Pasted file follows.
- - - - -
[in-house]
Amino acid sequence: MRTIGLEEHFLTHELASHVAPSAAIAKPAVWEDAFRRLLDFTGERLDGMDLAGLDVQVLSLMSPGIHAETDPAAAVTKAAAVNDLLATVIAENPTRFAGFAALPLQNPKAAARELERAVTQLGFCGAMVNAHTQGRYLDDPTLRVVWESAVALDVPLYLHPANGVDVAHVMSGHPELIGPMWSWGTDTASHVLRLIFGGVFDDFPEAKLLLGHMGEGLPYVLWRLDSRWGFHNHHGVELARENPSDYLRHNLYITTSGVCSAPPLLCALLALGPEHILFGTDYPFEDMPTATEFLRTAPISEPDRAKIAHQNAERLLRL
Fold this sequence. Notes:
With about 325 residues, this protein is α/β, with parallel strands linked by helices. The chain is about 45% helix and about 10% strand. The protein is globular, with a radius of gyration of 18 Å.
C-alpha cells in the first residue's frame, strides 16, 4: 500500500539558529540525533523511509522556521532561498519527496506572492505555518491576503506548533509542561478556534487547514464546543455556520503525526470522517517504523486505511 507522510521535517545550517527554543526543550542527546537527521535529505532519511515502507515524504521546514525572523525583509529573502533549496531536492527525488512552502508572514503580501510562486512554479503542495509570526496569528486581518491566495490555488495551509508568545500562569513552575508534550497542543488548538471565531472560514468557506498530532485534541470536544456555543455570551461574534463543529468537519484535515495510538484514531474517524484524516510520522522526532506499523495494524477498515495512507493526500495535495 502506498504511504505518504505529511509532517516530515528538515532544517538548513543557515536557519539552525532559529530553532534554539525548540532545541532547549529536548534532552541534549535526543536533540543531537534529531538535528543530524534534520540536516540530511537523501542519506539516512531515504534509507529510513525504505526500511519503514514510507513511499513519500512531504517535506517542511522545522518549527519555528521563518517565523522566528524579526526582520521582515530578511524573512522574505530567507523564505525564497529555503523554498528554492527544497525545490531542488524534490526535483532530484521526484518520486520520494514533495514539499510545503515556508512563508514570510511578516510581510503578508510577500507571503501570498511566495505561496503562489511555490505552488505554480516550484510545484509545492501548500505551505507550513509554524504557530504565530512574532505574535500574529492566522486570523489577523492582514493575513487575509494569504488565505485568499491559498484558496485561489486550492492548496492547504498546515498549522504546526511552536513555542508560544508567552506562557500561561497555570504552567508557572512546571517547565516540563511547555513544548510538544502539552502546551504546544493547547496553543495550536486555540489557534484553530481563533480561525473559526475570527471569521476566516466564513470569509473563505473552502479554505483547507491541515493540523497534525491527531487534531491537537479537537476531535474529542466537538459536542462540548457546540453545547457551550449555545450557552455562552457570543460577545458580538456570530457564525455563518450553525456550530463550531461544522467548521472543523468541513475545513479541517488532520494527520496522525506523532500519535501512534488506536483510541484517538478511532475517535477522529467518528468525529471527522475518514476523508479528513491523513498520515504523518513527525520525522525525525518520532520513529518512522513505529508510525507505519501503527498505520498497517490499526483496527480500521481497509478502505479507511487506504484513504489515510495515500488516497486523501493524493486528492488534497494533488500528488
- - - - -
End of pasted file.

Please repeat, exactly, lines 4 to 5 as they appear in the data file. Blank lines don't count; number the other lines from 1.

With about 325 residues, this protein is α/β, with parallel strands linked by helices. The chain is about 45% helix and about 10% strand. The protein is globular, with a radius of gyration of 18 Å.
C-alpha cells in the first residue's frame, strides 16, 4: 500500500539558529540525533523511509522556521532561498519527496506572492505555518491576503506548533509542561478556534487547514464546543455556520503525526470522517517504523486505511 507522510521535517545550517527554543526543550542527546537527521535529505532519511515502507515524504521546514525572523525583509529573502533549496531536492527525488512552502508572514503580501510562486512554479503542495509570526496569528486581518491566495490555488495551509508568545500562569513552575508534550497542543488548538471565531472560514468557506498530532485534541470536544456555543455570551461574534463543529468537519484535515495510538484514531474517524484524516510520522522526532506499523495494524477498515495512507493526500495535495 502506498504511504505518504505529511509532517516530515528538515532544517538548513543557515536557519539552525532559529530553532534554539525548540532545541532547549529536548534532552541534549535526543536533540543531537534529531538535528543530524534534520540536516540530511537523501542519506539516512531515504534509507529510513525504505526500511519503514514510507513511499513519500512531504517535506517542511522545522518549527519555528521563518517565523522566528524579526526582520521582515530578511524573512522574505530567507523564505525564497529555503523554498528554492527544497525545490531542488524534490526535483532530484521526484518520486520520494514533495514539499510545503515556508512563508514570510511578516510581510503578508510577500507571503501570498511566495505561496503562489511555490505552488505554480516550484510545484509545492501548500505551505507550513509554524504557530504565530512574532505574535500574529492566522486570523489577523492582514493575513487575509494569504488565505485568499491559498484558496485561489486550492492548496492547504498546515498549522504546526511552536513555542508560544508567552506562557500561561497555570504552567508557572512546571517547565516540563511547555513544548510538544502539552502546551504546544493547547496553543495550536486555540489557534484553530481563533480561525473559526475570527471569521476566516466564513470569509473563505473552502479554505483547507491541515493540523497534525491527531487534531491537537479537537476531535474529542466537538459536542462540548457546540453545547457551550449555545450557552455562552457570543460577545458580538456570530457564525455563518450553525456550530463550531461544522467548521472543523468541513475545513479541517488532520494527520496522525506523532500519535501512534488506536483510541484517538478511532475517535477522529467518528468525529471527522475518514476523508479528513491523513498520515504523518513527525520525522525525525518520532520513529518512522513505529508510525507505519501503527498505520498497517490499526483496527480500521481497509478502505479507511487506504484513504489515510495515500488516497486523501493524493486528492488534497494533488500528488